The situation is desperate: after the massive attacks by Russian troops, large parts of Ukraine have no electricity or water. In Kyiv alone, 80 percent of households have no electricity. But Moscow intends to stick to its strategy until Kyiv takes a "realistic stance."
After massive Russian attacks on critical infrastructure in Ukraine, the UN Security Council in New York also got involved - where Russia, however, showed little yielding. Moscow's ambassador to the UN, Vasily Nebensia, told the panel that his country would continue to decimate Ukraine's military potential until Kyiv took a "realistic stance" on negotiations. The attacks on the infrastructure are the answer "to the country being pumped full of Western weapons and the unwise calls for Kyiv to achieve a military victory over Russia".
Ukrainian President Volodymyr Zelenskyy called for another condemnation of Moscow before the UN Security Council. Russia must be clearly described as a terrorist state, said Selenskyj, who was connected via video. The council meeting had previously been put on the agenda at short notice after a request from Zelenskyj.
The attacks on critical infrastructure, which led to widespread power outages, are "crimes against humanity," Zelensky said. He called for more air defense support and for United Nations teams of experts to investigate the damage. "The occupiers do everything to make people suffer, so that we don't even feel or see each other," Zelenskyj said in his evening video address.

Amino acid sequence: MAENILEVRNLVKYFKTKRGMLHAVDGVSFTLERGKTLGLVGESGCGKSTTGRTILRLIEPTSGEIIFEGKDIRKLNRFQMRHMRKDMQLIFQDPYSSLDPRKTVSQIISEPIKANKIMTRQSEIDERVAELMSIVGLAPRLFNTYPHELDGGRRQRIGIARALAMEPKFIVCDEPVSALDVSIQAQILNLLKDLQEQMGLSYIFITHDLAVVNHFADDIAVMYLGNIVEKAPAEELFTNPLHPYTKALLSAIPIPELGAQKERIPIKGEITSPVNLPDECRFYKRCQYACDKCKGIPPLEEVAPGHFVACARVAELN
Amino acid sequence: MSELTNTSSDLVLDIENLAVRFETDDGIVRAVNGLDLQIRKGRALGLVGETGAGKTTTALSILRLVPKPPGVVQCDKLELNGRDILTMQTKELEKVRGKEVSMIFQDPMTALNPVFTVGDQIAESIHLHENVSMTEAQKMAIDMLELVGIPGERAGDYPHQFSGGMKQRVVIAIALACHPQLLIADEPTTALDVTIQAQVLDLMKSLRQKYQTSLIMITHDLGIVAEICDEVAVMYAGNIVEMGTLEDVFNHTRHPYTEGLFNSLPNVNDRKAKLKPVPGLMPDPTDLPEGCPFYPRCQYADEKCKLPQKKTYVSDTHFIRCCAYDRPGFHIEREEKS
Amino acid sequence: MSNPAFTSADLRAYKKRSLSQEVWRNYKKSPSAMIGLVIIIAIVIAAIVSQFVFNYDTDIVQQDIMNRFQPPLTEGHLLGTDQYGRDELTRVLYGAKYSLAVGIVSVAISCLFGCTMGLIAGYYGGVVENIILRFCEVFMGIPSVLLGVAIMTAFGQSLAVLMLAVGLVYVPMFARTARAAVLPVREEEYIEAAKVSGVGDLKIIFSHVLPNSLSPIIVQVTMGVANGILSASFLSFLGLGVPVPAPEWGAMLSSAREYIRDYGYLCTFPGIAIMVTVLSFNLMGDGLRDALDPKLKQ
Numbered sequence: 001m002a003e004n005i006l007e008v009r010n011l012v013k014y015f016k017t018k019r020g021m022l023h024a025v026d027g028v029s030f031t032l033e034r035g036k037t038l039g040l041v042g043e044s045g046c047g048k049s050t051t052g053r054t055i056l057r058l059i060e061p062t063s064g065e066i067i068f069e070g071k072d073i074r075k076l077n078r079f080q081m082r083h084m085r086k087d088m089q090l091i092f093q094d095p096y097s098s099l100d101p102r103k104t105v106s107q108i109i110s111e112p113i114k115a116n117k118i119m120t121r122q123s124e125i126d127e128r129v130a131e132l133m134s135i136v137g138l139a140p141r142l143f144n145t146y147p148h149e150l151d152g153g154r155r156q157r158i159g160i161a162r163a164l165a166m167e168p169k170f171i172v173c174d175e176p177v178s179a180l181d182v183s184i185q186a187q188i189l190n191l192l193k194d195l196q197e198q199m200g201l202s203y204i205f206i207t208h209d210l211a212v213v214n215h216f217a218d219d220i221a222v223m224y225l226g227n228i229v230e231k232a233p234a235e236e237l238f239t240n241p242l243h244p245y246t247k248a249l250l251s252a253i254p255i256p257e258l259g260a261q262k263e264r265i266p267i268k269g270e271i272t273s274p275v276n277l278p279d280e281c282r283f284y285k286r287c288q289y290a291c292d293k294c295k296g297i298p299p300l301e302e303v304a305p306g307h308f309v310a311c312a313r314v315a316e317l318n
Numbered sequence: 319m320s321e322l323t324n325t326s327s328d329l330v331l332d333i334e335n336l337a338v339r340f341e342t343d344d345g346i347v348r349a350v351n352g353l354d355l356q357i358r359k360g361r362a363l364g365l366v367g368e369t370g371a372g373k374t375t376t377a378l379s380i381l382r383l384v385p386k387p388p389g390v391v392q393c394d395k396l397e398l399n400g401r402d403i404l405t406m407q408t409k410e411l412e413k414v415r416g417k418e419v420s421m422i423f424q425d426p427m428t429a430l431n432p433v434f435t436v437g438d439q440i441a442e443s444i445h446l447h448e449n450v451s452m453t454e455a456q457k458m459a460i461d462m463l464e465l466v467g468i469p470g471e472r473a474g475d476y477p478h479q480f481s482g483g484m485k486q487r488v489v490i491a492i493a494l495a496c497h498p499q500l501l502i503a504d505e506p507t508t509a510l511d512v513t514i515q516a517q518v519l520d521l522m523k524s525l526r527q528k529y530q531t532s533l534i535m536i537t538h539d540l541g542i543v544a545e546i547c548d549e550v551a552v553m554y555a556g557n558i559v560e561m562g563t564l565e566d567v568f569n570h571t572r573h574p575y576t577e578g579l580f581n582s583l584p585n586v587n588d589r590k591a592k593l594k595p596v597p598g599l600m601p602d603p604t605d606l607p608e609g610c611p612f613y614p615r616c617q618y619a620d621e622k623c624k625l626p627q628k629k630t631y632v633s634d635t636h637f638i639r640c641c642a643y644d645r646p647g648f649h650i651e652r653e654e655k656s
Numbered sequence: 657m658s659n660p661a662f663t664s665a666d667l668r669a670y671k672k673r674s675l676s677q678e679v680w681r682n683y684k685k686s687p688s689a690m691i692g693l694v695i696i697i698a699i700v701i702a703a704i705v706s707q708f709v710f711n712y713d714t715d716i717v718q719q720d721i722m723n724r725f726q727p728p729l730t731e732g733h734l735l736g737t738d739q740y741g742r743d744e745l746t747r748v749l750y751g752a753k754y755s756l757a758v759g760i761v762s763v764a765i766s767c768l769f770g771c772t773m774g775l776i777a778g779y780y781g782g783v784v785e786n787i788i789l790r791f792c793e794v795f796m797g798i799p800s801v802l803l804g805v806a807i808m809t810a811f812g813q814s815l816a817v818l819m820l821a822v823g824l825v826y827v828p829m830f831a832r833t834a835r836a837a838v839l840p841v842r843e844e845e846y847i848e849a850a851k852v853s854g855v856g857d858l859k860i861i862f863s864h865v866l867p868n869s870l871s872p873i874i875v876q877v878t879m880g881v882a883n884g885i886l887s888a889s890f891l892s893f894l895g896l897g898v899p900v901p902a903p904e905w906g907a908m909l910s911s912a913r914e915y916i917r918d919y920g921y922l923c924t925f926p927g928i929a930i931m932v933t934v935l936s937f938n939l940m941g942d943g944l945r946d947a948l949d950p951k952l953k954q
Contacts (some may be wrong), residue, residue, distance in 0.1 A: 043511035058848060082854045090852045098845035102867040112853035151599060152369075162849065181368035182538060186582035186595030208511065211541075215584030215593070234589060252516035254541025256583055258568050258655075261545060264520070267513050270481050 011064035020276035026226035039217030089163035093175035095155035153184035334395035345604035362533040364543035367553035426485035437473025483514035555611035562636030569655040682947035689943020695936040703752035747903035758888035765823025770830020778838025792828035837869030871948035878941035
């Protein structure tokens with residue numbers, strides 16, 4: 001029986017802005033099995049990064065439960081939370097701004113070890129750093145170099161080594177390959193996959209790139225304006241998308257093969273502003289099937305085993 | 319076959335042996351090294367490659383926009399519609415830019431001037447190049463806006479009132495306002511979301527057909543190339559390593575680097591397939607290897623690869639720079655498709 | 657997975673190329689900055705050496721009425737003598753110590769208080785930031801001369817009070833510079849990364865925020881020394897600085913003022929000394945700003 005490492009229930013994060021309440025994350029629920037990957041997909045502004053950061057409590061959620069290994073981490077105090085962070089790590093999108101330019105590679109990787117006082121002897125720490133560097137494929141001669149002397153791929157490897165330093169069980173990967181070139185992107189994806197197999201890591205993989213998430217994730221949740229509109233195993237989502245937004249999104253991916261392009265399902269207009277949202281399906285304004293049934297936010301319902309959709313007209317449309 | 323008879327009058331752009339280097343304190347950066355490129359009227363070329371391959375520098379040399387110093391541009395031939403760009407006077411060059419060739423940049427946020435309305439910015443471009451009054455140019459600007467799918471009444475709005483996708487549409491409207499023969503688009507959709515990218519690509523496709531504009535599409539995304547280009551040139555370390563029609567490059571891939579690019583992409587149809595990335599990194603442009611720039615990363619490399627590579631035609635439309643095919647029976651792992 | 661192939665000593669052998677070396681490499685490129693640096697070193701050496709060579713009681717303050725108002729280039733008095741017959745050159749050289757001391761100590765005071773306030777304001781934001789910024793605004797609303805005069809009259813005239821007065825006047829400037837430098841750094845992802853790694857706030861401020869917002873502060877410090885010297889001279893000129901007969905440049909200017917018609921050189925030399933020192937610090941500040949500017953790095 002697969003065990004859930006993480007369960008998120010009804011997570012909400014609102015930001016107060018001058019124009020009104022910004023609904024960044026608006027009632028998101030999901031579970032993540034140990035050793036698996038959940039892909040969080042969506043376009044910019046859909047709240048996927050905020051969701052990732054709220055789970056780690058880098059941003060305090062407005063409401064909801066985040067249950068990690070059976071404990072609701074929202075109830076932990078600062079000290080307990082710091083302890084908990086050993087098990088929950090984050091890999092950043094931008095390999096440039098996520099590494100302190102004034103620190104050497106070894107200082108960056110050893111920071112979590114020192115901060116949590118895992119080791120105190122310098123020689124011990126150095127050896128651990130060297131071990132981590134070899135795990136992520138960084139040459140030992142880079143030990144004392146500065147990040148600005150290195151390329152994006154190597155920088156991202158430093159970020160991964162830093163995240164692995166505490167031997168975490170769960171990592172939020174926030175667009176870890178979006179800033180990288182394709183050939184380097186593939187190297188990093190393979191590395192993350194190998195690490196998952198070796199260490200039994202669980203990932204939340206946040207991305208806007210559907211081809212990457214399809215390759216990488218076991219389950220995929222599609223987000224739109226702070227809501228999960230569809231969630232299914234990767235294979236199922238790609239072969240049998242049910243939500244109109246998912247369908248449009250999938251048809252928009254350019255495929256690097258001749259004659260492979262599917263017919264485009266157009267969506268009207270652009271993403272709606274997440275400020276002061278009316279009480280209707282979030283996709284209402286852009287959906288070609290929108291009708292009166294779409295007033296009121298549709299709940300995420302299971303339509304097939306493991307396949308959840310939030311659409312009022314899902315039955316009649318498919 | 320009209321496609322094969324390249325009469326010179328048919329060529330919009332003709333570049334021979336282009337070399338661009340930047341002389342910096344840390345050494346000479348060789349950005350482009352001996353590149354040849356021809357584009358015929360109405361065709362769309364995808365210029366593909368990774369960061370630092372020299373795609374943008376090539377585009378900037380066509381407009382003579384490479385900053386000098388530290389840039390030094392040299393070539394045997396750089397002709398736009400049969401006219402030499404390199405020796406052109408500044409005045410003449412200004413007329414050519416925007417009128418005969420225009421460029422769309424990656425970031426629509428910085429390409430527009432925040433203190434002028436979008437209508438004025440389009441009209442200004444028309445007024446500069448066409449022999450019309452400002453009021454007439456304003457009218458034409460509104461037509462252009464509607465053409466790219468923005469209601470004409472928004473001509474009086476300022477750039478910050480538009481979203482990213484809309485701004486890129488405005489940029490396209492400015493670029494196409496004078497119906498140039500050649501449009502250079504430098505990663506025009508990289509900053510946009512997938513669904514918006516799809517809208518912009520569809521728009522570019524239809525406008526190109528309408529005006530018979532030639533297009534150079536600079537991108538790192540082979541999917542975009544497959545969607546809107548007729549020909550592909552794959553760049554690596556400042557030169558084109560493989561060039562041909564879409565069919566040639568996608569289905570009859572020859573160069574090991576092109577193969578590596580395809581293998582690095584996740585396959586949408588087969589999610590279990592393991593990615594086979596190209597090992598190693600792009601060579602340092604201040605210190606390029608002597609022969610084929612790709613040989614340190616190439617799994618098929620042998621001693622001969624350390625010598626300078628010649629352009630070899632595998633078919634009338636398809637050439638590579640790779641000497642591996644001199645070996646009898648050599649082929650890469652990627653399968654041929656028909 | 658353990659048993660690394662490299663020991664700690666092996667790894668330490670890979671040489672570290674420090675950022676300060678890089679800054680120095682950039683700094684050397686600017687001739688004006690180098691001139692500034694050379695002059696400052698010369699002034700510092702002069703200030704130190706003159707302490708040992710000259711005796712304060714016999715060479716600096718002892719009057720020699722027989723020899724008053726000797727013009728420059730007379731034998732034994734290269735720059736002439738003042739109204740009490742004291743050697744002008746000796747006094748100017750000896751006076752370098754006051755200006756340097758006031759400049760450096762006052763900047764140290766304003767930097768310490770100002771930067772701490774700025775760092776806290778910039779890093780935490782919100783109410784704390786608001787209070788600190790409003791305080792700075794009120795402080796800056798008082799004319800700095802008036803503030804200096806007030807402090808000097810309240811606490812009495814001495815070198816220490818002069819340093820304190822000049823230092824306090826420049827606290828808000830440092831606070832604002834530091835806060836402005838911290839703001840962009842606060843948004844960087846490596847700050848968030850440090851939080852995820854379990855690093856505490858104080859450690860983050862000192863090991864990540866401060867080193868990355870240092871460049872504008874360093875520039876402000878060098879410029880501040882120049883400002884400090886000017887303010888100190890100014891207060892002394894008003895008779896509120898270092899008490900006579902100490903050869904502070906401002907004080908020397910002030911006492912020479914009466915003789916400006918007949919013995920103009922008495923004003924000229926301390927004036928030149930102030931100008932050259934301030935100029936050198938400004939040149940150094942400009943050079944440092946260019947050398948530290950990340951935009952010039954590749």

In the Ukraine, technicians tried feverishly to repair their country's severely damaged energy supply once again. The President's Office in Kyiv reported the first successes late on Wednesday evening: In 15 areas there is electricity again, said Vice President Kyrylo Tymoshenko.
Russia shot down about 70 missiles and drones on Ukraine on Wednesday. According to the Air Force, 51 missiles and 5 drones were intercepted. But the remaining missiles killed ten people and again caused severe damage to Ukraine's power grid. The country's nuclear power plants shut down, and most thermal and hydroelectric power plants failed, the Energy Ministry said. Large-scale blackouts occurred.
According to Mayor Vitali Klitschko, 80 percent of households in the capital Kyiv, with its three million inhabitants, were without electricity and water. Journalists reported that they had never seen the city so dark. The administration wanted to use hand-operated sirens and loudspeakers to warn of possible further air raids in parts of the city without electricity. "The situation in Kyiv is difficult," said Zelenskyj. "The work lasts all night." A result is not expected until the morning.
Chancellor Olaf Scholz said of the attacks that Russian President Vladimir Putin was showing once again how ruthless and merciless he was in this war. "A war he can no longer win on the battlefield, that much seems clear." He called on Putin to withdraw his troops and agree to peace talks with Ukraine. French President Emmanuel Macron described the attacks as war crimes that should have consequences. Nevertheless, Macron announced that he would soon be in contact with Putin again. The US also condemned the attacks.
At a defense summit of former Soviet republics, Kazakh President Kassym-Jomart Tokayev also called for a peace deal in Russia's war against Ukraine. "As for Ukraine, I think the time has come for a collective search for a peace formula," Tokayev said at the summit of the Russian-dominated Collective Security Treaty Organization.